The International Rafting Federation (IRF) recognises the need to make raft racing available to as wide a number of people as possible. As such, the IRF is delighted to announce that after many months of intensive work, it has fulfilled its commitment to launch a comprehensive, safe and internationally supported Para Rafting program.
A Para Rafting Committee was appointed in October 2020 to direct and approve the process of finalising the Rules, Codes and Classification Systems for Para Rafting. The committee consists of a wide range of extremely well-qualified participants who through personal experience are well acquainted with the unique challenges faced by the adaptive rafting community including former Para-Olympians, global para sports policy writers and para rafters.
The comprehensive policies and procedures are now available to guide member nations and organisations in setting up and running Para Rafting events. In addition, these documents will guide them and their athletes through the necessary classification procedures. We encourage members to start running local events, when pandemic restrictions allow, so as to get Para Rafting well and truly off to a flying start.
The aim of the IRF’s Para Rafting is in two streams. The first is aimed at general competitions, to include as wide diversity of abilities as possible (Stream 1). The second is aimed at World and Continental Championships, and to work towards one day being included in the Paralympics (Stream 2). As a new para sport all IRF Para Rafting rules, policies and procedures are open to evolution, review and change at any point in time.
Being a team sport also sets rafting apart from many other para sports. Therefore, the IRF is using a functional classification system more common in para team sports (like wheelchair rugby) where greater participation of competitors can be encouraged by providing opportunities for teams with different abilities to compete against each other in a reasonably fair way.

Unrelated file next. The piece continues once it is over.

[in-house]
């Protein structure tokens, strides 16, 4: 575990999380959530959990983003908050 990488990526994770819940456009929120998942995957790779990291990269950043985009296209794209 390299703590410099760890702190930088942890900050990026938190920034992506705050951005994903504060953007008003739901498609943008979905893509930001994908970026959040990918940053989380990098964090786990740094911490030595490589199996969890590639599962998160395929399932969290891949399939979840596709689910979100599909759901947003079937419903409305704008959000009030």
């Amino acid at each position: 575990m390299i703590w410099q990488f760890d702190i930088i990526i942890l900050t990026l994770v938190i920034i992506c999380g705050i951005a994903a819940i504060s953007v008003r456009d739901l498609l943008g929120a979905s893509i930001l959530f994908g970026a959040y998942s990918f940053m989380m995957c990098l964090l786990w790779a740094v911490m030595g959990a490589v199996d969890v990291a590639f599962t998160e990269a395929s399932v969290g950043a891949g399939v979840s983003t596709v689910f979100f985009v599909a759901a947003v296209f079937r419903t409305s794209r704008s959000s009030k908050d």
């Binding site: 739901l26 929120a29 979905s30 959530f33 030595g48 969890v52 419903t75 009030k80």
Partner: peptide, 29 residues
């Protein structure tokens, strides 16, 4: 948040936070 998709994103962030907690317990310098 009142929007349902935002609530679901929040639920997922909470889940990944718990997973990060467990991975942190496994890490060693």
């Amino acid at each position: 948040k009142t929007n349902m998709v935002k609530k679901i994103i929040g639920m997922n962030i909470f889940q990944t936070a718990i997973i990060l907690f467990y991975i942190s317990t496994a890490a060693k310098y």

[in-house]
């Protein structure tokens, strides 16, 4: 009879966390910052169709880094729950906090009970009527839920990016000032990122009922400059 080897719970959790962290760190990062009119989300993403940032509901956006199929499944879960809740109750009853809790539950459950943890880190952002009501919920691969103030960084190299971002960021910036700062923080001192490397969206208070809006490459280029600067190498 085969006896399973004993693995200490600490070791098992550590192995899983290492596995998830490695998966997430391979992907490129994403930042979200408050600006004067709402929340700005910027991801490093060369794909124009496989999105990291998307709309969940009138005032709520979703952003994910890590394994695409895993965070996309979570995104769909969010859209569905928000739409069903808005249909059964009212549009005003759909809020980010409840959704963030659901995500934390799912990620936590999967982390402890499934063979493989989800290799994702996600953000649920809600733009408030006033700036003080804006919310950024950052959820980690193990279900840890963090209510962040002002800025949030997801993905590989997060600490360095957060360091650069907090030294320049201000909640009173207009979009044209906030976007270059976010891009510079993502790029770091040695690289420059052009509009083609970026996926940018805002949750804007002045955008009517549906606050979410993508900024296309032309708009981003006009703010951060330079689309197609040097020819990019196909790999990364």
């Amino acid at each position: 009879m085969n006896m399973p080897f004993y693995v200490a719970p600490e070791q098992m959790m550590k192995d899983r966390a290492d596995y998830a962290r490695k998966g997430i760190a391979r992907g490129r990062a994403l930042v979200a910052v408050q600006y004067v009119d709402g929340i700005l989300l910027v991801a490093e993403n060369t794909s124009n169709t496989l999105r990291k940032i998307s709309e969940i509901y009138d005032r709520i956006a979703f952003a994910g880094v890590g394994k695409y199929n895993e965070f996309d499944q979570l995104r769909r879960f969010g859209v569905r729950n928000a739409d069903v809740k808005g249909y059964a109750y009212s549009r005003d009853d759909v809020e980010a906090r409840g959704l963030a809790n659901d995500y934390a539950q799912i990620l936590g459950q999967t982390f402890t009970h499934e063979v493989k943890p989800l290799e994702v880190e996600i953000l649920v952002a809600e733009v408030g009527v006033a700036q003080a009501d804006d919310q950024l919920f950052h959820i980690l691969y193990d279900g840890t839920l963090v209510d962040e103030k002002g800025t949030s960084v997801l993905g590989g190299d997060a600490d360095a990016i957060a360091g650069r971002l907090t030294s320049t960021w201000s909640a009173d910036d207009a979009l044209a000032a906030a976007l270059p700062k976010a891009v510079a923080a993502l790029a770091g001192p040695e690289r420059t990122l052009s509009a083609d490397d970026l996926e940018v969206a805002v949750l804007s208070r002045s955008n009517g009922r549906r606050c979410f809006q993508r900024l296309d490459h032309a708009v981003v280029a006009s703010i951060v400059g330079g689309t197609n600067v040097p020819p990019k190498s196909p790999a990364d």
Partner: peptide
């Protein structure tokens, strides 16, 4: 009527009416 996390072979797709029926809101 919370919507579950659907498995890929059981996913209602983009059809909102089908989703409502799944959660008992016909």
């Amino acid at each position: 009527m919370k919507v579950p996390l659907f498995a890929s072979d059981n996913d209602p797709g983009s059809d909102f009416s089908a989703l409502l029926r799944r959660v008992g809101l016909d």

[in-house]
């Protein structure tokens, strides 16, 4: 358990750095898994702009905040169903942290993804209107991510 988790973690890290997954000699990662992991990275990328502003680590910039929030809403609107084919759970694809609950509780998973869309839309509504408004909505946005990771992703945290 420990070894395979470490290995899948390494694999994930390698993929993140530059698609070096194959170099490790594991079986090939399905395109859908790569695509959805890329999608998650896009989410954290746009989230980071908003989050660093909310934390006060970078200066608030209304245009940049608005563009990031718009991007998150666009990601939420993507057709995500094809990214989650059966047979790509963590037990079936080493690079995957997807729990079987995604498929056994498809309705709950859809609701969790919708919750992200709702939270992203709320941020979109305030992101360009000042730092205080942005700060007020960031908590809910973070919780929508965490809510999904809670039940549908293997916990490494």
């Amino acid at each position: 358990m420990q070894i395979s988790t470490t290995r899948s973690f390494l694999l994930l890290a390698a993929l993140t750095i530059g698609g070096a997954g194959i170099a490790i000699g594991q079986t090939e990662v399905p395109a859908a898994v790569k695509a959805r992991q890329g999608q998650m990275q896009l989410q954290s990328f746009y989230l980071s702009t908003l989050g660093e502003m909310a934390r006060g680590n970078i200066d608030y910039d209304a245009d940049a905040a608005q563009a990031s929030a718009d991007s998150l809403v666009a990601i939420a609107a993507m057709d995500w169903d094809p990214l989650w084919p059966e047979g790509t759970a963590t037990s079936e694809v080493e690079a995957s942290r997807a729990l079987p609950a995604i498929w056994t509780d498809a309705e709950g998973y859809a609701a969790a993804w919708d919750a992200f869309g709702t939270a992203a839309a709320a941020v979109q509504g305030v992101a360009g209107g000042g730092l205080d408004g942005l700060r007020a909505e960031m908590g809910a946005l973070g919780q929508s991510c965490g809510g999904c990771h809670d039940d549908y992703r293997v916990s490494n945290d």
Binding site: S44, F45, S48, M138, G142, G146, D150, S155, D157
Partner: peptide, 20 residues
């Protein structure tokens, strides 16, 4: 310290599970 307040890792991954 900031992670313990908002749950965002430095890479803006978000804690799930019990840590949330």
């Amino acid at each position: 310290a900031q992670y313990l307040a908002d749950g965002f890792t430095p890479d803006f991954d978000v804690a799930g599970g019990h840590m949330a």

The IRF recognises that every impairment is different and will affect the individual to a greater or lesser extent. For example, someone who has lost three limbs will be fundamentally disadvantaged compared to someone who has a visual impairment. The mix of impairments potentially within one team could be significantly different to that of another team and to race such teams against each other could be inherently unfair.
Our classifications therefore assess the impact of a range of impairment on an individual’s functional abilities to participate in the sport of rafting. A point system focused on the competitor’s functional abilities is enforced to ensure fair competition.
The IRF had hoped to run the first Para Rafting World Rafting Championships this year, however, the uncertainty that Covid-19 is still inflicting on the world has led us to postpone this project to 2022.
Thanks must go to Jezza Williams of the Para Rafting Committee for the enormous amount of extra time he put into assisting us in realising this project. We look forward to one day seeing him compete in Para Rafting.
Find more details including rules, safety guidelines and classification system here on our website: www.internationalrafting.com/racing/para-rafting/
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